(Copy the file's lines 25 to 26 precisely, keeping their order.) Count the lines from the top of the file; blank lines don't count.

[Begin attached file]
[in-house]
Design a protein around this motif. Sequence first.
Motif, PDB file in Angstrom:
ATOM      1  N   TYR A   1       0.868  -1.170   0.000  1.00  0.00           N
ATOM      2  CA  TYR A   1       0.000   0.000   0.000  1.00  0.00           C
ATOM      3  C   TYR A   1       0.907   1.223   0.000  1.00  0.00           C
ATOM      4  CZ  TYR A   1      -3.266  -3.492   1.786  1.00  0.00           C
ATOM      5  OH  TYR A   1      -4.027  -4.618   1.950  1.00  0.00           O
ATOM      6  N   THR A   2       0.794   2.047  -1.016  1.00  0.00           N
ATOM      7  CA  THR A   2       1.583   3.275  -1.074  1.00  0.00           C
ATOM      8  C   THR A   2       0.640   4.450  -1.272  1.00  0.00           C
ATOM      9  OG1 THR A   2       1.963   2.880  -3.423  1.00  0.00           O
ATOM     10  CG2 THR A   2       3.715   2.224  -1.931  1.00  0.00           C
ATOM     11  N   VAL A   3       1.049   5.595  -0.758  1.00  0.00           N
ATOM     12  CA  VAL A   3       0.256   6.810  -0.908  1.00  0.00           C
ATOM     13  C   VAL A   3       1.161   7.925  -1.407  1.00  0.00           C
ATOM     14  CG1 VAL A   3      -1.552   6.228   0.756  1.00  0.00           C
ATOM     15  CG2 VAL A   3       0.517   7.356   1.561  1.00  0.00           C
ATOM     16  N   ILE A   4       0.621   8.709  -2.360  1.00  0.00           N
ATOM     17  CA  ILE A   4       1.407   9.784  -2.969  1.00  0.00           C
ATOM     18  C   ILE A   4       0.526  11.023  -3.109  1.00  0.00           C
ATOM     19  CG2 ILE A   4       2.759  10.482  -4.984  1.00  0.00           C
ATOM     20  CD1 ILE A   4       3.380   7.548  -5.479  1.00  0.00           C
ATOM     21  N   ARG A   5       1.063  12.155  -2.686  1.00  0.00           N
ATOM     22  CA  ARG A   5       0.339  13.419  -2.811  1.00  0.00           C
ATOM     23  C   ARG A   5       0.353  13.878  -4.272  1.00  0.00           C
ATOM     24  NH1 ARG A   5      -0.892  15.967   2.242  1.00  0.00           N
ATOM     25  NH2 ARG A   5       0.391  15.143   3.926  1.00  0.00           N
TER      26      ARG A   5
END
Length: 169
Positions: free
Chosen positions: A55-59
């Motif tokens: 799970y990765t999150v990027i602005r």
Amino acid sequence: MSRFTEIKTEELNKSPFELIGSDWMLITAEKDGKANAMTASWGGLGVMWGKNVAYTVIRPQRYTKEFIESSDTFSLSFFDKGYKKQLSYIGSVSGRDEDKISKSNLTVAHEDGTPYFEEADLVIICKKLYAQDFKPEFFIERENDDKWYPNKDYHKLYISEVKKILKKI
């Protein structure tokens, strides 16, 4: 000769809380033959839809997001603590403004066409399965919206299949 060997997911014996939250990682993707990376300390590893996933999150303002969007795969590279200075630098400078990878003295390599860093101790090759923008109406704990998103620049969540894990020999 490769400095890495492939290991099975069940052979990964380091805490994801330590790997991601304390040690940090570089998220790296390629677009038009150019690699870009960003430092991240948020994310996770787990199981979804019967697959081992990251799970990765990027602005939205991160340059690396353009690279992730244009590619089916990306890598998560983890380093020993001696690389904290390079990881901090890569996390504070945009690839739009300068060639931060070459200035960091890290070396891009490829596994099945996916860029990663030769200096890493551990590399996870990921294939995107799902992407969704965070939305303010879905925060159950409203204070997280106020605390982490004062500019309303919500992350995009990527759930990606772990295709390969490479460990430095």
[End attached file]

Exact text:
ATOM     22  CA  ARG A   5       0.339  13.419  -2.811  1.00  0.00           C
ATOM     23  C   ARG A   5       0.353  13.878  -4.272  1.00  0.00           C